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Concerned Supermodel Cindy Crawford Pulls Kids Out of Toxic School
We recently wrote about Malibu Unites, an inspirational coalition of concerned parents, teachers, community members, and public figures from across the U.S. who are attempting to rid our schools of toxins – including PCBs, lead, DDT, Chlordane, and carcinogenic pesticides. Now supermodel Cindy Crawford, spokesperson for Malibu Unites, has taken the fight to the airwaves, speaking with NBC news special anchor Maria Shriver about her decision to pull her two kids out of class due to major concerns about the levels of cancer-causing chemicals found in the school. Check out the video here!
In a segment that aired Tuesday on Today, Crawford told Shriver, “I look 10 years down the line. What if my kid, God forbid, had a problem? How could I live with myself, if I knew that it was a possibility, and I still sent them to school there?” Malibu Unites is concerned with all chemicals, but especially the high levels of PCBs found in local schools. PCB, a chemical banned in 1976, can still be present in older building materials, plus can leech into dirt, dust and air surrounding older buildings. Dr. Leonard Trasande, a public health expert at New York University’s School of Medicine, tells NBC, “PCBs disrupt the function of hormones in our bodies, especially thyroid hormone. They can contribute to worse brain development in children, and inability of children to perform well in school.”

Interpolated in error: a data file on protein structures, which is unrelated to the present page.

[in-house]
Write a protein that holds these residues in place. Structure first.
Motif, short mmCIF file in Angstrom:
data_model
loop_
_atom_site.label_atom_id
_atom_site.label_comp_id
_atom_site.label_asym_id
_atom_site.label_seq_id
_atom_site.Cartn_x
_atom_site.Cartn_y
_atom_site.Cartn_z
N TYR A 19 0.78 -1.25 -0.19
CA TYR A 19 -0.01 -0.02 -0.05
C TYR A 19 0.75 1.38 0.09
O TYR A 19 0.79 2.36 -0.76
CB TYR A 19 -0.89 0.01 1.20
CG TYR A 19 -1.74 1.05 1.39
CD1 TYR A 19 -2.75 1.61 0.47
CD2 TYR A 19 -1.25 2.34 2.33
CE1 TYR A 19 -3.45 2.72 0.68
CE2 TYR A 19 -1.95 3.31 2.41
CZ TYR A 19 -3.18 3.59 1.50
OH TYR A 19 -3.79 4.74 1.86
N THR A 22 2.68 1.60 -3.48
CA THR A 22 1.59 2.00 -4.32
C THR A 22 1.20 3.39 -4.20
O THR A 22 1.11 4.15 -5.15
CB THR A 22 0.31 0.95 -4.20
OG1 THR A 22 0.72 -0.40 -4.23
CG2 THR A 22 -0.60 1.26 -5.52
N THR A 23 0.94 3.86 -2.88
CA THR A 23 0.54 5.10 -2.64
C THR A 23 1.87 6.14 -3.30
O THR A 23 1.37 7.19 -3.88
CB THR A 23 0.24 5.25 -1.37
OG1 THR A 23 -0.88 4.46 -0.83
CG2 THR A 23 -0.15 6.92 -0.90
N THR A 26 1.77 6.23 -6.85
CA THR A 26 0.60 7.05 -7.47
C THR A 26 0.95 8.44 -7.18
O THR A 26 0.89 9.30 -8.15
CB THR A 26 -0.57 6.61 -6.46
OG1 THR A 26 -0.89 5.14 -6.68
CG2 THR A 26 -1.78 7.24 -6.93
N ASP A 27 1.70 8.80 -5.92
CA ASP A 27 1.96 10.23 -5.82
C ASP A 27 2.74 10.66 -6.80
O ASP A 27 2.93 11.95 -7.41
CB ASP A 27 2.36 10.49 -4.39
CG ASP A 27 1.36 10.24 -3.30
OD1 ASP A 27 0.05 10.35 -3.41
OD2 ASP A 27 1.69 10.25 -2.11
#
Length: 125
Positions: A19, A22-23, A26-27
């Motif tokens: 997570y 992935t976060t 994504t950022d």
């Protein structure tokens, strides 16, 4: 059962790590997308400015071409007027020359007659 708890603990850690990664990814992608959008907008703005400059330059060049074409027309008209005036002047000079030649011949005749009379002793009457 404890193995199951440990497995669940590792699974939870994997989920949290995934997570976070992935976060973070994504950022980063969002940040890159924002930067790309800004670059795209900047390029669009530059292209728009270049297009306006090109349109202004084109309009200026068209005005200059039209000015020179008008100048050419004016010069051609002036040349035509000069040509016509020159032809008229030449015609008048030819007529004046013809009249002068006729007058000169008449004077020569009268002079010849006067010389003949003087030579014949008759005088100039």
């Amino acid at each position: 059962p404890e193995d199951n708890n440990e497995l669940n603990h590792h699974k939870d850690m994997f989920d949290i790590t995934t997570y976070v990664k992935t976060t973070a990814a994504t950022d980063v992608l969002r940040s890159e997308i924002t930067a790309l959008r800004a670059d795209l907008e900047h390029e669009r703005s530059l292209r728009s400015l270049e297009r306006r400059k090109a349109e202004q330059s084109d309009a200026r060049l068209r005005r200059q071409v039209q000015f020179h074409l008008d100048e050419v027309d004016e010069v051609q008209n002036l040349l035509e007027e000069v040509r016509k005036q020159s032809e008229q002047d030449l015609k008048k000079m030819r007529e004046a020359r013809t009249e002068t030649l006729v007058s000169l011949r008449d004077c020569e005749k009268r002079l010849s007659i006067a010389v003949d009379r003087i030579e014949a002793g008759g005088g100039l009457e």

Although school district officials have pledged to remove contaminated caulking at the Malibu schools say they’ll conduct periodic monitoring of air and dust for PCBs in every classroom, Crawford and other parents say it’s not enough. As Crawford says, “I don’t feel 100 percent safe. I think that air testing and wipe testings are a great piece of the puzzle. Unless they’re testing every day, how do I know that every day it’s safe for my kid?” This said, the main goal of Malibu Unites is to convince Congress to eradicate the PCBs from building materials so that schools are no longer exposed.
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